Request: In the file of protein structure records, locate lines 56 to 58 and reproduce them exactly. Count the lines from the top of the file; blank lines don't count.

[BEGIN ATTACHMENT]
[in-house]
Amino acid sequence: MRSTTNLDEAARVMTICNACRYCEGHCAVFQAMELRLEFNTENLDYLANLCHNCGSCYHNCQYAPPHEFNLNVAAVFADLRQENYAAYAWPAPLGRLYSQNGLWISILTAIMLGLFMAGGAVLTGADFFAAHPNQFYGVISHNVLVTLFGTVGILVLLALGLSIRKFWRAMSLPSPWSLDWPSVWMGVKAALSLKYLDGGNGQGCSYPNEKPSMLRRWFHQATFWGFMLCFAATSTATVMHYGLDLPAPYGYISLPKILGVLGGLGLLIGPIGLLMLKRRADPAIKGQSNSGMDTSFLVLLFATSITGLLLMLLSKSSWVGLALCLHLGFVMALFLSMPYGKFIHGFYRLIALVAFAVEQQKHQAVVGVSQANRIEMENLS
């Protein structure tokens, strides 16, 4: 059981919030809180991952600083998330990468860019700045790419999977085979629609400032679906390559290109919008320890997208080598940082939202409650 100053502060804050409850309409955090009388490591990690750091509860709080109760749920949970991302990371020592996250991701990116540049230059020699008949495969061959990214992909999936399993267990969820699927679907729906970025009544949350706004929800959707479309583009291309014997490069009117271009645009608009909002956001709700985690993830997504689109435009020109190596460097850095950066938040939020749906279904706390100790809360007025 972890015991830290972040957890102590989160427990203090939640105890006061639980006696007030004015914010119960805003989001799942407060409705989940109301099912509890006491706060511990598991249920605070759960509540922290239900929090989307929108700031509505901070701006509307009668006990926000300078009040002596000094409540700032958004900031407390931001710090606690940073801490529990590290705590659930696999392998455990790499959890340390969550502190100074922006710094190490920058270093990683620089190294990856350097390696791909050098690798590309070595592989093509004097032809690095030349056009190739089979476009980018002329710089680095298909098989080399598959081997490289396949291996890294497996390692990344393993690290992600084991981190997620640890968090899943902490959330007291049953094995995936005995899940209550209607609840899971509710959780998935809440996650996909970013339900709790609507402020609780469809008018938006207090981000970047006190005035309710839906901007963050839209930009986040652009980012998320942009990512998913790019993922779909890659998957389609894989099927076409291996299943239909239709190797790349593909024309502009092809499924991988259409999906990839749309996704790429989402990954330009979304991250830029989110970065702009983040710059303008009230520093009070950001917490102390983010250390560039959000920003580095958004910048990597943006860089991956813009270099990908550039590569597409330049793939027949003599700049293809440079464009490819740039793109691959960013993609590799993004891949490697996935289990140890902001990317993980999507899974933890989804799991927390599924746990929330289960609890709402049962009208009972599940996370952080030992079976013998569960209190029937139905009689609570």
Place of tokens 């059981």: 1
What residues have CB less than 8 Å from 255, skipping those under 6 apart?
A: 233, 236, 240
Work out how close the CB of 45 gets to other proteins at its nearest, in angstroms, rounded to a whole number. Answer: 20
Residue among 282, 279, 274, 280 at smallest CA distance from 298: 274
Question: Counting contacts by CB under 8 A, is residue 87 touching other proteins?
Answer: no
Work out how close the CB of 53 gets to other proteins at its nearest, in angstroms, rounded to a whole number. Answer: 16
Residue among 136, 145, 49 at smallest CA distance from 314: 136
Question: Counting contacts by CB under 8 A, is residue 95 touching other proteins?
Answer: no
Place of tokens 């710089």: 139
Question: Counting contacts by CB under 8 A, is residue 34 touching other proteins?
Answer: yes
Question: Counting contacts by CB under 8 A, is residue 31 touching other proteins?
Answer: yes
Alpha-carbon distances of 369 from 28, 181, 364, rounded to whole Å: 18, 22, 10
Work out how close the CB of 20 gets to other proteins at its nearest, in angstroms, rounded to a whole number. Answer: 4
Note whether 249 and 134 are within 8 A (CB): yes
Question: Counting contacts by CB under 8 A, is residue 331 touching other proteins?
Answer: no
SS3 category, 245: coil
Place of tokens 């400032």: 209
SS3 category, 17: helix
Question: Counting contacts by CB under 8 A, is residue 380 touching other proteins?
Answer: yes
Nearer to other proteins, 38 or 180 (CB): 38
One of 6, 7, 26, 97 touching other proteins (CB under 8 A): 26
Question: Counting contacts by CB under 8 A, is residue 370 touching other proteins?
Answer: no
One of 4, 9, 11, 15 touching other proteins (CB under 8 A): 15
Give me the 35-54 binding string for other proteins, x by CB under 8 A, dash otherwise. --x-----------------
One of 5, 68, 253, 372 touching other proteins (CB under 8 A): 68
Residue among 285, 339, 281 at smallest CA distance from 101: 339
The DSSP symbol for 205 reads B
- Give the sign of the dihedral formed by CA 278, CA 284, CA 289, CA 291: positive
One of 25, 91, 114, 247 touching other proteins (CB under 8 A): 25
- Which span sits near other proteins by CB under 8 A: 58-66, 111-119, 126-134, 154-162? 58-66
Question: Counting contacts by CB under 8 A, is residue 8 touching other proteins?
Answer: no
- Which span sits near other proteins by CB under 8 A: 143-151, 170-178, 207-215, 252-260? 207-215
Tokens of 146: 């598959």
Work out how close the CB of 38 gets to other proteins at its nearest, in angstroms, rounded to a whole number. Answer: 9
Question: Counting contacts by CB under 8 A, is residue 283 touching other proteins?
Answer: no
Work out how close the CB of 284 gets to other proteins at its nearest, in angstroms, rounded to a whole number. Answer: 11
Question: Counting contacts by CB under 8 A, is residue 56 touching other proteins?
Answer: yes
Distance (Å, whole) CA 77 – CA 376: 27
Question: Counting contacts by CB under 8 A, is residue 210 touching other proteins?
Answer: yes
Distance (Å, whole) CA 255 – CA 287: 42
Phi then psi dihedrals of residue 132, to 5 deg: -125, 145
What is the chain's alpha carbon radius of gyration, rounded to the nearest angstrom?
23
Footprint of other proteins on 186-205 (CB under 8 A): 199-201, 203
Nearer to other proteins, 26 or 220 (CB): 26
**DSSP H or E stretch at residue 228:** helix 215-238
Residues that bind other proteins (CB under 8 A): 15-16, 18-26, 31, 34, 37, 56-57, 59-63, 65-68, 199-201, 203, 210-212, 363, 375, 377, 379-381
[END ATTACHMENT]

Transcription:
Phi then psi dihedrals of residue 132, to 5 deg: -125, 145
What is the chain's alpha carbon radius of gyration, rounded to the nearest angstrom?
23